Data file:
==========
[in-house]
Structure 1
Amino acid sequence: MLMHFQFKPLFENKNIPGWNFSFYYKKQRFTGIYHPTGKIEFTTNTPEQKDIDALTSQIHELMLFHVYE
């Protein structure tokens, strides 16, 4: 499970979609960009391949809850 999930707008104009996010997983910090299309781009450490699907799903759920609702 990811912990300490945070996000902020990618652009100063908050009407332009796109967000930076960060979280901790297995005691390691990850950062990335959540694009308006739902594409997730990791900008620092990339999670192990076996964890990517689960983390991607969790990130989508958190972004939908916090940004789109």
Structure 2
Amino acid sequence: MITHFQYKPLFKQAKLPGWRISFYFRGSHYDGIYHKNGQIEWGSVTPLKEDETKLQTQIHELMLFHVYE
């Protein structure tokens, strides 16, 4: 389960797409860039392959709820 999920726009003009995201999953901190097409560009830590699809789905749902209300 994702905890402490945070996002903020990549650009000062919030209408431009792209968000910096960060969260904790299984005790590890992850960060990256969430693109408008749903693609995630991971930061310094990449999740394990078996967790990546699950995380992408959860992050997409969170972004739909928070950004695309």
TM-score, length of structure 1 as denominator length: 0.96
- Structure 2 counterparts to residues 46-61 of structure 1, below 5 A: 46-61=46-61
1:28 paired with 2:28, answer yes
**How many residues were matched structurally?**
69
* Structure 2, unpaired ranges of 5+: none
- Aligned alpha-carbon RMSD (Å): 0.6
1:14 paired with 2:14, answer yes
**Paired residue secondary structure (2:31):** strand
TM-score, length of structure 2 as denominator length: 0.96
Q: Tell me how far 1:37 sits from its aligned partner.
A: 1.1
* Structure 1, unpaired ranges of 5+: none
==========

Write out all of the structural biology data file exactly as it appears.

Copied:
[in-house]
Structure 1
Amino acid sequence: MLMHFQFKPLFENKNIPGWNFSFYYKKQRFTGIYHPTGKIEFTTNTPEQKDIDALTSQIHELMLFHVYE
């Protein structure tokens, strides 16, 4: 499970979609960009391949809850 999930707008104009996010997983910090299309781009450490699907799903759920609702 990811912990300490945070996000902020990618652009100063908050009407332009796109967000930076960060979280901790297995005691390691990850950062990335959540694009308006739902594409997730990791900008620092990339999670192990076996964890990517689960983390991607969790990130989508958190972004939908916090940004789109």
Structure 2
Amino acid sequence: MITHFQYKPLFKQAKLPGWRISFYFRGSHYDGIYHKNGQIEWGSVTPLKEDETKLQTQIHELMLFHVYE
């Protein structure tokens, strides 16, 4: 389960797409860039392959709820 999920726009003009995201999953901190097409560009830590699809789905749902209300 994702905890402490945070996002903020990549650009000062919030209408431009792209968000910096960060969260904790299984005790590890992850960060990256969430693109408008749903693609995630991971930061310094990449999740394990078996967790990546699950995380992408959860992050997409969170972004739909928070950004695309």
TM-score, length of structure 1 as denominator length: 0.96
- Structure 2 counterparts to residues 46-61 of structure 1, below 5 A: 46-61=46-61
1:28 paired with 2:28, answer yes
**How many residues were matched structurally?**
69
* Structure 2, unpaired ranges of 5+: none
- Aligned alpha-carbon RMSD (Å): 0.6
1:14 paired with 2:14, answer yes
**Paired residue secondary structure (2:31):** strand
TM-score, length of structure 2 as denominator length: 0.96
Q: Tell me how far 1:37 sits from its aligned partner.
A: 1.1
* Structure 1, unpaired ranges of 5+: none